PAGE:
ATI Radeon 5670, 5550 & 5450 Review - Conclusions

Submitted by skipclarke on 28 June, 2010 - 20:43

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The Mainstream segment quickly falls out of real gaming performance. The HD 5670 will handle many games on a single screen, assuming you mainly play older games (which rely less on Shader performance) or willing to make the quality sacrifices in newer games. The 5670 can handle older titles well on a single screen, but can only handle Eyefinity in a few rare instances. Additionally, I had issues with using the HDMI connection for Eyefinity. That screen always had a black border around the image when using Eyefinity. My guess is it's an issue with the image scaling and expected overscan on an HDTV. Whatever the reason, I can't recommend an HDMI connection for Eyefinity.

The 5670 is a hard sell in that for a few more dollars and a single power connection to your PSU, you open up much more performance from the 5700-series. But, if you're on a strict budget and have a lower resolution monitor, the 5670 might do you well. It would also provide superior performance in an HTPC with good ventilation (as long as you don't need a silent GPU).

The 5550 is a much more interesting card, as many vendors are now offering fanless options. The 5550 offers solid performance for a silent GPU. Pairing with an HTPC and a 720p HDTV would be close to perfect. It would even work well on a 1080p set assuming the viewing distance would minimize some of the quality reductions the card would necessitate.

What's Next?

I won't be doing any more testing on the Mainstream cards, but instead will continue to focus on the mid and high-end cards. These are more in line with our readers and their needs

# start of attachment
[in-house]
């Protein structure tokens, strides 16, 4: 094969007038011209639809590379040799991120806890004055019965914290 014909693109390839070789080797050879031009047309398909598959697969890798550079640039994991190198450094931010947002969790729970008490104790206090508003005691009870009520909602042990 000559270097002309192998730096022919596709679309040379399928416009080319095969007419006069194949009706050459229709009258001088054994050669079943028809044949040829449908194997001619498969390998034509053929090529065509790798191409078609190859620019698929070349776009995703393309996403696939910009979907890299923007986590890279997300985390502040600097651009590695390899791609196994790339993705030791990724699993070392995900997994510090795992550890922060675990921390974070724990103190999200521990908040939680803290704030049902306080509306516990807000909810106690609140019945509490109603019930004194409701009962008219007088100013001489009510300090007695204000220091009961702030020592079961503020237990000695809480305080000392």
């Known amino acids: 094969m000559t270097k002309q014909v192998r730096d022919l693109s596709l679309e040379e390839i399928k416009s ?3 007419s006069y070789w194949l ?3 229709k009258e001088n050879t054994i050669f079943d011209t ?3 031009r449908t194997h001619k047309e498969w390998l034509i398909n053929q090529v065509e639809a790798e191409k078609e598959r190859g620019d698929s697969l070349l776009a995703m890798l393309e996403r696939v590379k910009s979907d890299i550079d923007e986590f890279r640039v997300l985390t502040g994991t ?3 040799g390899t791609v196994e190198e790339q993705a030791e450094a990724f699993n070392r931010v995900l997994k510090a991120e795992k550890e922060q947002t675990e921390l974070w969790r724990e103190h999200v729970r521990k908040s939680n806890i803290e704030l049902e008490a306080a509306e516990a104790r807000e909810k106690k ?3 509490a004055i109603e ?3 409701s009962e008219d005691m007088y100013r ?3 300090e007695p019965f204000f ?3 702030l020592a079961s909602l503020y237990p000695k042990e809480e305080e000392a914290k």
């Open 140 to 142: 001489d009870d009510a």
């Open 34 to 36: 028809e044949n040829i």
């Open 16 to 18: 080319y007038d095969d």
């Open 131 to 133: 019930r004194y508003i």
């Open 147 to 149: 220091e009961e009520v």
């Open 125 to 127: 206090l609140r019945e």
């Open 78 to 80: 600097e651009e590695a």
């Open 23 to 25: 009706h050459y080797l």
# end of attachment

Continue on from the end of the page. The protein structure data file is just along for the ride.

As I wrap up testing on the 5850 and 5770 in CFX, I will be producing charts that compare performance to total price. This will be the backbone of our forthcoming Eyefinity Buyers Guide.

Final Thoughts

If you have any interest in Eyefinity, or game in anything more than a cursory fashion, I would recommend the upgrade to the 5700-series. The one downside of the 5700-series is that it does require a power connection from the PSU. It would be nice to get the 5700-series performance in low-power card. Maybe next generation

The 5550 could provide the backbone for a solid HTPC, considering the fanless options now available. I really can't recommend the 5450 for much of anything. It's gaming performance is poor, and s fanless 5550 provides an HTPC with considerably more power.

The 5670 is in a tough spot. It's not a fanless solution, so it won't fly for the hardcore HTPC crowd. A few more dollars and electrons gets you into the 5700-series. The narrow niche I can think of for the 5670 might me something along the lines of a 2nd PC, Small Form Factor PC, or something for your mother or girlfriend (who possibly plays WOW) that you might use from time-to-time.